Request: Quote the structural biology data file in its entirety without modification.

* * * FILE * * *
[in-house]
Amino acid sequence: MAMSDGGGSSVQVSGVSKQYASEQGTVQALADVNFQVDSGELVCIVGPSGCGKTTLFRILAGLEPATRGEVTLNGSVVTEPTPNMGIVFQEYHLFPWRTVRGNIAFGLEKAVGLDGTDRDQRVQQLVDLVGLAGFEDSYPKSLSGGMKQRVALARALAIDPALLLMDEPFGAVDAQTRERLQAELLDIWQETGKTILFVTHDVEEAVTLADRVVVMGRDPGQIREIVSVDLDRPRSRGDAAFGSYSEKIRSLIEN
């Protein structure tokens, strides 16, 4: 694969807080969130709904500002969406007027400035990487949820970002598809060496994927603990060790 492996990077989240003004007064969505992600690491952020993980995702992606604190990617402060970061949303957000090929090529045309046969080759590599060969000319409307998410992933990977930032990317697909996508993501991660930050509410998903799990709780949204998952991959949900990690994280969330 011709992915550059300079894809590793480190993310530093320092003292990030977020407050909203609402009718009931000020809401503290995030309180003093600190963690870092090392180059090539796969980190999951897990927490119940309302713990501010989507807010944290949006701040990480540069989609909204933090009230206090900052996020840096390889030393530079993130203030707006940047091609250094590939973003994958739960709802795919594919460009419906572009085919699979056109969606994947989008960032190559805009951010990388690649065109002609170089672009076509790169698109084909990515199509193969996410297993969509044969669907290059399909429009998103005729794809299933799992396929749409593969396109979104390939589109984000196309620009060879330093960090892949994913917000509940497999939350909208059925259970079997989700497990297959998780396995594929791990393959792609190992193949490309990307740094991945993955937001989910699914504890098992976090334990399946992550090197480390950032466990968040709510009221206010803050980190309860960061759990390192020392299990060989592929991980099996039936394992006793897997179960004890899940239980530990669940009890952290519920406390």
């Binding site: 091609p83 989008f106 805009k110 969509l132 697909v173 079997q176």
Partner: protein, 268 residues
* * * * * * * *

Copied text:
[in-house]
Amino acid sequence: MAMSDGGGSSVQVSGVSKQYASEQGTVQALADVNFQVDSGELVCIVGPSGCGKTTLFRILAGLEPATRGEVTLNGSVVTEPTPNMGIVFQEYHLFPWRTVRGNIAFGLEKAVGLDGTDRDQRVQQLVDLVGLAGFEDSYPKSLSGGMKQRVALARALAIDPALLLMDEPFGAVDAQTRERLQAELLDIWQETGKTILFVTHDVEEAVTLADRVVVMGRDPGQIREIVSVDLDRPRSRGDAAFGSYSEKIRSLIEN
């Protein structure tokens, strides 16, 4: 694969807080969130709904500002969406007027400035990487949820970002598809060496994927603990060790 492996990077989240003004007064969505992600690491952020993980995702992606604190990617402060970061949303957000090929090529045309046969080759590599060969000319409307998410992933990977930032990317697909996508993501991660930050509410998903799990709780949204998952991959949900990690994280969330 011709992915550059300079894809590793480190993310530093320092003292990030977020407050909203609402009718009931000020809401503290995030309180003093600190963690870092090392180059090539796969980190999951897990927490119940309302713990501010989507807010944290949006701040990480540069989609909204933090009230206090900052996020840096390889030393530079993130203030707006940047091609250094590939973003994958739960709802795919594919460009419906572009085919699979056109969606994947989008960032190559805009951010990388690649065109002609170089672009076509790169698109084909990515199509193969996410297993969509044969669907290059399909429009998103005729794809299933799992396929749409593969396109979104390939589109984000196309620009060879330093960090892949994913917000509940497999939350909208059925259970079997989700497990297959998780396995594929791990393959792609190992193949490309990307740094991945993955937001989910699914504890098992976090334990399946992550090197480390950032466990968040709510009221206010803050980190309860960061759990390192020392299990060989592929991980099996039936394992006793897997179960004890899940239980530990669940009890952290519920406390």
């Binding site: 091609p83 989008f106 805009k110 969509l132 697909v173 079997q176």
Partner: protein, 268 residues